27 August 2021 [The Manse, Lonmore]
Greetings in Jesus’ name – reading through the gospels, it’s been comforting to see how often, after or before and in between specific encounters, Matthew or Luke (etc) include a short paragraph (a verse or two) telling how he met with crowds of sick folk: physical ailments, demon-possessed, and all. And what’s especially encouraging is that we know none of their names or stories, but they received Jesus’ attention – perhaps especially by reason of their ‘littleness’. We’re not famous – but nor are we forgotten, by him.
Talking about unknown people from Jesus’ ministry, in my previous letter I wrote about Lazarus, who appears with his sisters – Mary and Martha – in John’s gospel, chapter 11. It’s funny how well known his (Lazarus’) name is now, with his sisters’ names. It’s only lately dawned on me how rarely he’s referred to otherwise, and how little we know about him – enough, of course, as his story makes an important contribution to our understanding of Jesus. But it’s a useful reminder that the story is less about him than it is about Jesus; our stories – famous or not – are far better when they are about the Lord, not ‘me’.
I also suggested that I should “talk about Jesus introducing the idea of sleep rather than death” this time. Using sleep here was the first time with the sense of death, John explaining (the many years after, when he wrote the gospel) that (v13): Jesus had been speaking of his death, but his disciples thought he meant natural sleep. Paul takes and uses this sense just a few times, but that’s it:
Listen, I tell you a mystery: We will not all sleep, but we will all be changed (1 Cor 15.51)
For we believe that Jesus died and rose again, and so we believe that God will bring with Jesus those who have fallen asleep in him. (1 Thess 4.14)
So it’s not a common or big concept in the New Testament – even less so in the Old – but finding Jesus using it as though it should be understood shows that it’s his way of thinking, also explaining why Paul has taken it on. And we should too. Of course, that rests on confidence in ‘a new day dawning’! Martha is one who testified of her confidence for her brother – that indicates her own confidence too (v24): I know he will rise again in the resurrection at the last day. Although Jesus must have initially meant (v23), Your brother will rise again, as in, today. But this became an opportunity for one of the great moments for his self-testimony (25-26):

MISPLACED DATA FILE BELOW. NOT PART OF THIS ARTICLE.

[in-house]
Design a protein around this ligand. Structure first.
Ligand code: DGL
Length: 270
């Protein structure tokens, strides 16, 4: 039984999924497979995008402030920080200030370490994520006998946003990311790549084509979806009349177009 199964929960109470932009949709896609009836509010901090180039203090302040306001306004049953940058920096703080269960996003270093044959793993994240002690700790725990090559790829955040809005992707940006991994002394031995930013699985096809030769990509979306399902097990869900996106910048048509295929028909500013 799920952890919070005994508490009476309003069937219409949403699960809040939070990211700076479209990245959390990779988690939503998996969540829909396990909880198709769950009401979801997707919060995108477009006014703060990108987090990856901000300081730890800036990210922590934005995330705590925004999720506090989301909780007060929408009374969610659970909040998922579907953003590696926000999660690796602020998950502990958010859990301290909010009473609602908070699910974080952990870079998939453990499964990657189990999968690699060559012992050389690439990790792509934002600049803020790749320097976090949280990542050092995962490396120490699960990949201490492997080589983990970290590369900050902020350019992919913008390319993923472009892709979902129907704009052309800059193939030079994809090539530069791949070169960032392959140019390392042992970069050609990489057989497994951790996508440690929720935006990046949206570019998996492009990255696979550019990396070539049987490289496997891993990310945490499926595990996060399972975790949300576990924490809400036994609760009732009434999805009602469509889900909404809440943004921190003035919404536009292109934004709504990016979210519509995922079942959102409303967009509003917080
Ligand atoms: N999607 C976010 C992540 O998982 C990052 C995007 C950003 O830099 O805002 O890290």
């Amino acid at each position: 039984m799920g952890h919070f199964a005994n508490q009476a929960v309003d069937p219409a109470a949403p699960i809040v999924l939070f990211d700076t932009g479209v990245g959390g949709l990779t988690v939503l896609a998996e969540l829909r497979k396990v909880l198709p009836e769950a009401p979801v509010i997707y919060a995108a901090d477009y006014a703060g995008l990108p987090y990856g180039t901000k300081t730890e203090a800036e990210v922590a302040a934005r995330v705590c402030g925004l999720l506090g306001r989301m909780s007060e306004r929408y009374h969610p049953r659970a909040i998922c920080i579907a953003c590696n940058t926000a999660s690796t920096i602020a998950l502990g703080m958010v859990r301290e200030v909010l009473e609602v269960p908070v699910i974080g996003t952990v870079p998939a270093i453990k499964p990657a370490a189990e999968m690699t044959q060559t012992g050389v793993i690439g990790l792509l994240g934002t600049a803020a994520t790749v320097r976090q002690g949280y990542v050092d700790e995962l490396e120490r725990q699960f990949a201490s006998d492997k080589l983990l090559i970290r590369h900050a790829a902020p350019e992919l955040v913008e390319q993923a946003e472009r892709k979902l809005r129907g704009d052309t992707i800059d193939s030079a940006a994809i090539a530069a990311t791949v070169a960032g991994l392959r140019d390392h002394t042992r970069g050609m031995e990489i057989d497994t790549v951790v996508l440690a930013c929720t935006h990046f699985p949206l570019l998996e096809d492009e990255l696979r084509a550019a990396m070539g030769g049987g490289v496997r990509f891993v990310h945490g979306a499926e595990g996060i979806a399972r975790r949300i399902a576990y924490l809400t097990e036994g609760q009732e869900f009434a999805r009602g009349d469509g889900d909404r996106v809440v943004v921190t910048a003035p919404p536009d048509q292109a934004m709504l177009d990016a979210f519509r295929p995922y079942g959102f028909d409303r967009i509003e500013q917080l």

Jesus said to her, “I am the resurrection and the life. The one who believes in me will live, even though they die; and whoever lives by believing in me will never die. Do you believe this?”
And that’s what was being ‘lived out’ right there and then: The one who believes in me will live, even though they die. It was about more than just Lazarus: whoever lives by believing in me will never die. Later, Paul wrote (1 Thess 4.13):
we do not want you to be uninformed about those who sleep in death, so that you do not grieve like the rest of mankind, who have no hope (& v14 as above).
His reasons for writing that probably came from some folk’s expectations that Jesus was to return much sooner than he has; and thinking their dear ones had therefore ‘missed out’. But ever since, it’s so valuable to give us the uniquely Christian kind of hope: a certainty about what we can’t yet see with our physical eyes – we know it will be, resting firmly on Jesus’ word (see also Heb 11.1).
This is a confidence to be lived out in our lifetimes too. Is it for everyone? Well, it can be, but that depends on the regard you and I have for Jesus here and now. He made it plain to Martha that the sleep he had in mind belongs (only) to whoever believes in him, which is more than just believing information about him: it’s to throw all of my present life on him, into his hands. And that really is worth it – even beginning at knowing that the death we see will be as sleep – until a perfect new day.